Tron riot

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The Tron riot was a riot which occurred in Edinburgh, Scotland in 1811–12. It took place in the city's Old Town, in the vicinity of the Tron Kirk. On the night of New Year's Eve and during the early hours of the next day, a group of young men, including the Keellie Gang, attacked and robbed wealthier passers-by.[1] One police officer was killed in the riot. Sixty-eight youths were arrested, and five were sentenced to death.[2]

Background and events[edit]

The crowded tenements of Edinburgh's Old Town

The early nineteenth century in Edinburgh was a time of tension between residents of the city's crowded Old Town, and the wealthier inhabitants of New Town, which had been created from 1767.[1] Class divisions had become more apparent with this architectural separation.[3] Furthermore, conflicts, riots and social disorder were common throughout Scotland at that time.[4] The Old Town was inhabited by a number of gangs of young men, one group was the Keellie Gang (also known as the Niddry Gang), led by Hugh MacDonald and Hugh McIntosh.[5] Police officers had been given more powers, and this was resented, especially by the poor.[3] The petty crimes perpetrated by gangs like the Keellies were increasingly being quashed by authorities.[6]

It was the tradition for New Town residents to come to the Old Town to celebrate Hogmanay in the streets around the Tron Kirk, which was the parish church at the time. After midnight, crowds would move around the area, travelling to friends' homes as part of the custom of First-Footing. According to later trial testimony, the Keellie Gang had been planning during the last weeks of 1811 to take advantage of the rich New Town Hogmanay crowds, and to attack the police at the same time.[1]

On 31 December, the Keellie Gang members began attacking passers-by in the streets of the Old Town, from around 11.00 pm. Victims were surrounded by youths with wooden sticks, threatened, in some cases knocked to the ground, and robbed.[7] A member of the town watch [policeman] named Dugald Campbell was attacked by a group of the youths in Stamp Office Close, off the High Street. He was beaten with sticks and left to die. Evidently Campbell was known to the gang, and disliked by them; it was later claimed that they had planned to "give him a licking the last night of the year if they could get him."[8]


Campbell was taken to the Royal Infirmary, and died from his injuries on 3 January.[9] Monetary rewards of 300 guineas were offered by the Town Council for information leading to the arrest of his attackers.[7][10] Victims and witnesses described many of the rioters as "boys" and "young lads".[11] By the end of the month, 68 youths had been arrested, none of whom were over the age of 20.[12] They were described as "a band of idle apprentices".[10] Key perpetrators were seen to be John Skelton, Hugh McIntosh (16), Hugh MacDonald (18) and Neil Sutherland (18). Skelton was convicted of attempted robbery, while McIntosh, MacDonald and Sutherland were convicted of having planned the riot, and having made attacks; MacDonald was further convicted of the murder of Dugald Campbell. All four were sentenced to death along with James Johnstone, who was never apprehended. Skelton's sentence was later commuted to transportation for life on account of his previous good character. On 22 April, McIntosh, Sutherland and MacDonald were hanged in Stamp Office Close. McIntosh's body was sent for anatomical dissection, while Sutherland and MacDonald were buried in Greyfriars Kirkyard.[13]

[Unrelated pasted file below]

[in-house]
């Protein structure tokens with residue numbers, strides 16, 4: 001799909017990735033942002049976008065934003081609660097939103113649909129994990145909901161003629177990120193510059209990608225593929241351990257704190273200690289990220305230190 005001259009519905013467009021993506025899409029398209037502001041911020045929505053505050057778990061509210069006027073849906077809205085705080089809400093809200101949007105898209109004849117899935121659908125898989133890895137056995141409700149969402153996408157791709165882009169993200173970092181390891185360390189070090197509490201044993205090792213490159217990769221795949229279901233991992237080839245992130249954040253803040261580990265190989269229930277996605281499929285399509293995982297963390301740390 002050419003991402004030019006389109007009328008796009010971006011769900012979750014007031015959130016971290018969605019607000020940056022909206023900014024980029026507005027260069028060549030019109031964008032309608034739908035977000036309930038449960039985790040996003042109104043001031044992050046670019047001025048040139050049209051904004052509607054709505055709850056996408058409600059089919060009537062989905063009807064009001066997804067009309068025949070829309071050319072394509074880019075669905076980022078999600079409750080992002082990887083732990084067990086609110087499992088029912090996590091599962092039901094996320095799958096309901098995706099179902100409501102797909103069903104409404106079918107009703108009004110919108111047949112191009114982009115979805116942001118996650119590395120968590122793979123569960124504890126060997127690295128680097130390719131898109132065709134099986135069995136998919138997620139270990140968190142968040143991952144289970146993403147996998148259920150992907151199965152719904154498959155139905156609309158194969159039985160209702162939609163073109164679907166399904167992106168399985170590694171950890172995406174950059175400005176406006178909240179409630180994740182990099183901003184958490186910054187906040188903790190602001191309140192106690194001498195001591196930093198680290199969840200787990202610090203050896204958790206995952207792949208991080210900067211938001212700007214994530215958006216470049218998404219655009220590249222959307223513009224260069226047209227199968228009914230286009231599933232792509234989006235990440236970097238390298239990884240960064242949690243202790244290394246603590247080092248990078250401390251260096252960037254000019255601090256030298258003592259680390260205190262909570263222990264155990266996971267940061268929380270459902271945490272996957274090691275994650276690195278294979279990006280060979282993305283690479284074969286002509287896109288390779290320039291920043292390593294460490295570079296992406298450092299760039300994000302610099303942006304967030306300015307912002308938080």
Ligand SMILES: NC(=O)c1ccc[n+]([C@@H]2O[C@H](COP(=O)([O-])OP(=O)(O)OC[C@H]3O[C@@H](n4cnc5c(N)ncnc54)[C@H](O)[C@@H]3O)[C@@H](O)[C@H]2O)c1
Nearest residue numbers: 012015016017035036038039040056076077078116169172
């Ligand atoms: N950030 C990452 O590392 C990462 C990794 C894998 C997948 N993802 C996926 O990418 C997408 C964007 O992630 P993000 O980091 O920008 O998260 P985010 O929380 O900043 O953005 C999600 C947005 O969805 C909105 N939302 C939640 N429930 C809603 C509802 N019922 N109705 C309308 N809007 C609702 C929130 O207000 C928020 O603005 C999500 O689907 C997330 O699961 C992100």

According to historian Andrew Ralston, the Tron riot case was used to send a strong message about juvenile delinquency, and to deter other would-be offenders.[14] In addition to the three who were sentenced to death, some of the more minor offenders of the riot received relatively harsh sentences for their crimes. Lord Gillies hoped that these punishments "would not be lost on the youth of this city, but be the means of making them abhor such conduct as had been recently perpetrated here."[13]

Following the riot, the authorities quickly took steps to reorganise and strengthen the police force.[15] Later that year, the Edinburgh Police Act, 1812 was introduced, which significantly increased the number of police officers patrolling the city.[16]


  1. ^ a b c Ralston, p. 42
  2. ^ Reicher & Stott, p. 40
  3. ^ a b Reicher & Stott, p. 41
  4. ^ Knox, p. 287
  5. ^ Knox, pp. 295–296
  6. ^ Knox, p. 297
  7. ^ a b Ralston, p. 43
  8. ^ Knox, p. 298
  9. ^ Scots Magazine, p. 250
  10. ^ a b Knox, p. 289
  11. ^ Knox, p. 295
  12. ^ Knox, p. 299
  13. ^ a b Ralston, p. 44
  14. ^ Ralston, pp. 43–44
  15. ^ Ralston, p. 45
  16. ^ McGowan, p. 339
  • Knox, W. W. (October 2012), "The Attack of the 'half-formed persons': the 1811–2 Tron Riot in Edinburgh Revisited", Scottish Historical Review, Edinburgh University Press, 91 (2), pp. 287–310, doi:10.3366/shr.2012.0103
  • McGowan, John (2012), Policing the Metropolis of Scotland: A History of the Police and Systems of Police in Edinburgh & Edinburghshire, 1770-1833, Musselburgh: Turlough, ISBN 0956791735
  • Ralston, Andrew G. (May 1980), "The Tron Riot of 1812", History Today, History Today Ltd, 30 (5), pp. 41–45
  • Reicher, Steve; Stott, Cliff (2011), Mad Mobs and Englishmen?, New York: Constable & Robinson, ISBN 9781780335322
  • "Trial of Hugh McDonald, &c.", The Scots Magazine, Sands, Brymer, Murray and Cochran, 74, pp. 249–260, 1812